I want you my followers and other randomers to ask me questions..... the questions can be about anything: my reading life, my writing life and well even my personal life.

You can either ask me via:
Feel free to leave your: name, age, location and a link to your blog or/and goodreads page.

I will be answering the questions on 17th June.

Monday, 6 June 2011

Book discussion: YA Saves.... Well it did save me

Recently book blogs and Twitter have been full of responses, comments and articles all directed at the article in the Wall Street Journal, written by Meghan Cox Gurdon: Darkness Too Visible.
The article is opened with the short summed up story of how a mother of three walked into her local Barnes and Nobel and was completely shocked by what she was welcomed by in the Teen section. Her response to this way (quoted from the article) 'nothing, not a thing, that I could imagine giving my daughter. It was all vampires and suicide and self-mutilation, this dark, dark stuff.'
And it was this that made me think.

For a number of decades now, many mother's have put allot of there energy in the attempts to ban certain books from being available in schools, libraries and shops, mainly the books directed at children and teenagers. But why do they do this? Due to what they believe to be explicit content.
Since the introduction of YA as a book age group, the main focus has now gone from children books and onto teen books. Now for those who do not know, YA books are aimed at teenagers aged 12-18 and as I believe, perfectly fine ages for the content of the books.

I can guarantee to all parents, well most parents that what is talked about within these books are all things that your children would of heard about, done or seen.
To me YA books are well books which unlike any other age group, are more aimed at their audience. It's all about finding your way through problems, falling in love and coming of age. Why try and shield a child from a book when they are only days away from experience these things anyway.
They may be seen as too mature for the reader's, but no one has ever said these things are not true: How many of you, as a child or teenager witnessed filming's of the 9/11 attack, the biggest terrorist attack in history, but how many people would protest a book about terrorism being available to their children.
How many of you have seen a sexual advertisements (such as those for perfumes etc...) before the 9pm ban as a child or teenager, but how many people would protest a book with a very very slightly sexual cover on a book.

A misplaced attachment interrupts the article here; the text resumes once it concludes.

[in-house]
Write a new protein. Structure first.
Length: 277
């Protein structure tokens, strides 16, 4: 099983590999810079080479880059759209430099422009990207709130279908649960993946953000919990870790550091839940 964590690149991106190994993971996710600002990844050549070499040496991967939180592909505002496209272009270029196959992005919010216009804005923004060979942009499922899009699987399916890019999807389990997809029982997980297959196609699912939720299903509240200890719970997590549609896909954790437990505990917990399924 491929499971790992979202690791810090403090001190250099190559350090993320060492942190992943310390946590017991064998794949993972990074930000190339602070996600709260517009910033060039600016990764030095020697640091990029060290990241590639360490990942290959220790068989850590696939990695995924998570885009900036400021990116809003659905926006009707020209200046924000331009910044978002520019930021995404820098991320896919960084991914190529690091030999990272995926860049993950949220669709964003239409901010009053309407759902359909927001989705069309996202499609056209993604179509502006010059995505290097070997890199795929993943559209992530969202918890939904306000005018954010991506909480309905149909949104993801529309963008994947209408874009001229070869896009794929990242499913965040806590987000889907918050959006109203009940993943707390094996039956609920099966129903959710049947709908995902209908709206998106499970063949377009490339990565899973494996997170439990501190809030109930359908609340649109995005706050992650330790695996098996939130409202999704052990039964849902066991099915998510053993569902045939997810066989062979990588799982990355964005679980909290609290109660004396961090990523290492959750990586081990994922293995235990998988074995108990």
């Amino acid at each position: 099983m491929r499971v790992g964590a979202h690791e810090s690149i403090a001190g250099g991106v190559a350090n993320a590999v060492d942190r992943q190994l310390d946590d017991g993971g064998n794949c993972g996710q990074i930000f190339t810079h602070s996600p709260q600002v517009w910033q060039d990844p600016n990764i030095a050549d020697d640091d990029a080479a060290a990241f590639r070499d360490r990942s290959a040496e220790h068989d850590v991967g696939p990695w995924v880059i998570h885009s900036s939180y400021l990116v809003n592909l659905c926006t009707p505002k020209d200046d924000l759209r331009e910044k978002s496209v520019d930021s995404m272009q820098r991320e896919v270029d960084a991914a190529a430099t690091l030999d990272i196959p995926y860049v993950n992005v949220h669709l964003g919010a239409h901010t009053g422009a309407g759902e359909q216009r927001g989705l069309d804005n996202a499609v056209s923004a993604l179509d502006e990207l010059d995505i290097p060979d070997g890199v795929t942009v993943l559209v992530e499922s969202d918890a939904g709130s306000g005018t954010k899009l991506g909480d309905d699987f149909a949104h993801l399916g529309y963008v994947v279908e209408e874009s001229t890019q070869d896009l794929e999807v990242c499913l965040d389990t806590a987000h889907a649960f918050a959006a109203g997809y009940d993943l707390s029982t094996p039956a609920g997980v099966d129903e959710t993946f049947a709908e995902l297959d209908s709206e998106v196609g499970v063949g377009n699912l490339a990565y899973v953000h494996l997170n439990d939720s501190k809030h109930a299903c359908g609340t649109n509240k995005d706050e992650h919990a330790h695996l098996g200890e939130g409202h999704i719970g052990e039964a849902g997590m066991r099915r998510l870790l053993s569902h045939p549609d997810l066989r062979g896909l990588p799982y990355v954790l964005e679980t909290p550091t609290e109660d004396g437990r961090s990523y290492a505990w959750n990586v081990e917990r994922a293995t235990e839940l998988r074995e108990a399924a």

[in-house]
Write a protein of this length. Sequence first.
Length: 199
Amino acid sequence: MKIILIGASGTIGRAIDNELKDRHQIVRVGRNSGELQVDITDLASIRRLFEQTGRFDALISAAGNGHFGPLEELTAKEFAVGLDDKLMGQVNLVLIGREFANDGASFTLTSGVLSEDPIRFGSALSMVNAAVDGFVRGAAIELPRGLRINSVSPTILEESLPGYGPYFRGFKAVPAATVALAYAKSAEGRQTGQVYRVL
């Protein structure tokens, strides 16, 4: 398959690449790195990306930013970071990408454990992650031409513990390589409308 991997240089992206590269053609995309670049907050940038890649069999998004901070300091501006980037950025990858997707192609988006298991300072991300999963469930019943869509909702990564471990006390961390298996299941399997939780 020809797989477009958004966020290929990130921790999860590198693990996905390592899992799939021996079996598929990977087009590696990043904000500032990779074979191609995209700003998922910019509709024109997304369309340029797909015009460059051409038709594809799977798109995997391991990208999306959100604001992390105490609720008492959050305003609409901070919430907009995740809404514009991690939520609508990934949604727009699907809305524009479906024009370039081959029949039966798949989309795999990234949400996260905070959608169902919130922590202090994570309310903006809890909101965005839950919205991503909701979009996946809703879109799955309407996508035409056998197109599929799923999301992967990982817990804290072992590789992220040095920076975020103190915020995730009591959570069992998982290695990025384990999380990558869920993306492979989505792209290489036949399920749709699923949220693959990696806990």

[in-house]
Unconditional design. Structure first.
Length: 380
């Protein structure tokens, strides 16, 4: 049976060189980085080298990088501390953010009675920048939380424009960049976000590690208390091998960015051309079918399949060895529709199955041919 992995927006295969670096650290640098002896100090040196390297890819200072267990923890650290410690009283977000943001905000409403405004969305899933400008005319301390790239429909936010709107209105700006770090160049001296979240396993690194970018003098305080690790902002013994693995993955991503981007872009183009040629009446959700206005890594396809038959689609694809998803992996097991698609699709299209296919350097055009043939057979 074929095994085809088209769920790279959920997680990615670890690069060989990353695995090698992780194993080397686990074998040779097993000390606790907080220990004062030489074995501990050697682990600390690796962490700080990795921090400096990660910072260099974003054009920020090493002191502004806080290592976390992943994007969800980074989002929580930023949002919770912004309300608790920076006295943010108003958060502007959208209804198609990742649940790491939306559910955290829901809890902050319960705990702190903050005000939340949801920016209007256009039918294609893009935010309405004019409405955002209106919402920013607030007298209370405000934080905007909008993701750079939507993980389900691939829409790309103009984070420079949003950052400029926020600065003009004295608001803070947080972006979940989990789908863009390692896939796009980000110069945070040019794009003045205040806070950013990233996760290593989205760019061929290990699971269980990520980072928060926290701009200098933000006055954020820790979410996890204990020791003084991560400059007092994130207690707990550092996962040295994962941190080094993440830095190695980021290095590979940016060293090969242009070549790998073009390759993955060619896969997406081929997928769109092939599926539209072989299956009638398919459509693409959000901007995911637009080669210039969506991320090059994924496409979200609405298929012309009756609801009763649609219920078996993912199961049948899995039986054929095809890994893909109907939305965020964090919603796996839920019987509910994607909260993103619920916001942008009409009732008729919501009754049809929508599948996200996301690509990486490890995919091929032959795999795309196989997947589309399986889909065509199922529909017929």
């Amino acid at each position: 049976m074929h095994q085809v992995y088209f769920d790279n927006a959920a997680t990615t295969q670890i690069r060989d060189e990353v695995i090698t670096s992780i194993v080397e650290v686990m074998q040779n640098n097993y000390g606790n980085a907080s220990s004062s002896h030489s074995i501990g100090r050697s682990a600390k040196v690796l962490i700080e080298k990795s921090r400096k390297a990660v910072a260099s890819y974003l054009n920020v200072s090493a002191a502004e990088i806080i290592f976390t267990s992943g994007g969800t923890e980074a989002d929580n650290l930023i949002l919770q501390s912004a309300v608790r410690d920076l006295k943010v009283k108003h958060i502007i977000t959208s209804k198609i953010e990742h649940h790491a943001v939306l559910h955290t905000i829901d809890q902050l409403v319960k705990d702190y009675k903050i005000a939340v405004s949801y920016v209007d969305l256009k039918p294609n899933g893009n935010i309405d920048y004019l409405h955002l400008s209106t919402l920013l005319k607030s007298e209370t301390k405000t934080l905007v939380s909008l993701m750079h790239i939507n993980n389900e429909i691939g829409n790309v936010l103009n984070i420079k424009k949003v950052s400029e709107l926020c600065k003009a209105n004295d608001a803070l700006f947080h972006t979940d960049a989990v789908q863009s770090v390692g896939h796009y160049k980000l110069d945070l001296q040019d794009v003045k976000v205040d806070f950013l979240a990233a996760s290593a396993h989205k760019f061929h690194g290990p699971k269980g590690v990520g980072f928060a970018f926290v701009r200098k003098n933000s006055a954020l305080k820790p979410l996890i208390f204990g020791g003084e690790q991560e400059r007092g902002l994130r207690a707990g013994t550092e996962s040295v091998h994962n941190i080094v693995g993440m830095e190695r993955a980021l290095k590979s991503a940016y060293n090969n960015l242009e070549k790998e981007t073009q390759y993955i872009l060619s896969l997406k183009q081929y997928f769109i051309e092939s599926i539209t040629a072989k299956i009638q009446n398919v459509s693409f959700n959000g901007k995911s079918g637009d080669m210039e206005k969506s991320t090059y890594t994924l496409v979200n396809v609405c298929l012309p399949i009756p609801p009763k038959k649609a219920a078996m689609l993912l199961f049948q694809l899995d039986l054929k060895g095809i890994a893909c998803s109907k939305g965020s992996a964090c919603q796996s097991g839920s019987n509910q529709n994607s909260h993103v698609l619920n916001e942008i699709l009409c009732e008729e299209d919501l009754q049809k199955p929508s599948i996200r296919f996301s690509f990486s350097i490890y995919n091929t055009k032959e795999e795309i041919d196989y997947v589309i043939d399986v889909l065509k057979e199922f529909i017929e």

How many of these parents who moan and complain about the content in a teenage book have before allowed their child to play on harmful computer games or shows on TV.
And lastly how many parents have used profanities in front of there children, but are judgemental when they appear in books.

I am unable in any of my local bookstores to reach the YA section and even Children's section without having to walk past adult fiction, even in some stores I have to walk past the Dark Romance books, which tend to have naked people on the front and that kind of thing. But these books are all available to buy, for example I have been able to go into a book store and buy Audrey Niffenegger's The Time Traveller's Wife, with no problem at all (14 at the time), this book has sexual scenes within it, along with many of Adult Fiction books. If these books are available to teens why complain about YA books, when they are the more controlled version.

I guess this all factors on how you grew up.
I grew up in a childhood that makes what appears in YA books un-effective to me, nothing surprises me . I was surrounded by things which other parents would be completely shocked by: drugs, abuse, alcholism etc... all these things which have a possibility of appearing within a YA book.
The main reason I read YA books is the form of fantasy and escapism. They are a constant friend, whose job it is to make you feel happy and provide you with support. As someone who doesn't have many friends and barely any I can share my problems with, I use these books to help me through these difficult times, and yes they have more than definitely helped. Why should YA books be penalised for helping teenager's way more effectively then some people can.

Come on people when was the last time you read a vampire book and then went out to bite someone.
When was the last time  you read a book about a murderer, then went to murder someone.
When was the last time you read a book about homosexuality and then were magically turned gay.
Yes... I thought so... NEVER!!!
YA books don't make us someone we are not, but instead help us become who we are suppose to me, they encourage to show our real side to people, and yes if you become gay, lesbian or bisexual after reading a homosexual book, then that book didn't turn you to become that sexuality, instead it just helped you discover who you really are suppose to be.

Saturday, 4 June 2011

Review: Water for Elephants by Sarah Gruen

Title: Water for Elephants
Series: None
Author: Sarah Gruen
Publisher: An assortment of different publishers
Publication Date: 9th April 2006
Pages: 331
Special Features: Depending on the addition, has an extract of Sarah's new book Ape House
Average Goodreads Rating: 4.05

When Jacob Jankowski, recently orphaned and suddenly adrift, jumps onto a passing train, he enters a world of freaks, grifters, and misfits, a second-rate circus struggling to survive during the Great Depression, making one-night stands in town after endless town. A veterinary student who almost earned his degree, Jacob is put in charge of caring for the circus menagerie. It is there that he meets Marlena, the beautiful young star of the equestrian act, who is married to August, the charismatic but twisted animal trainer. He also meets Rosie, an elephant who seems untrainable until he discovers a way to reach her. 

The book was wonderfully written and magically enticing.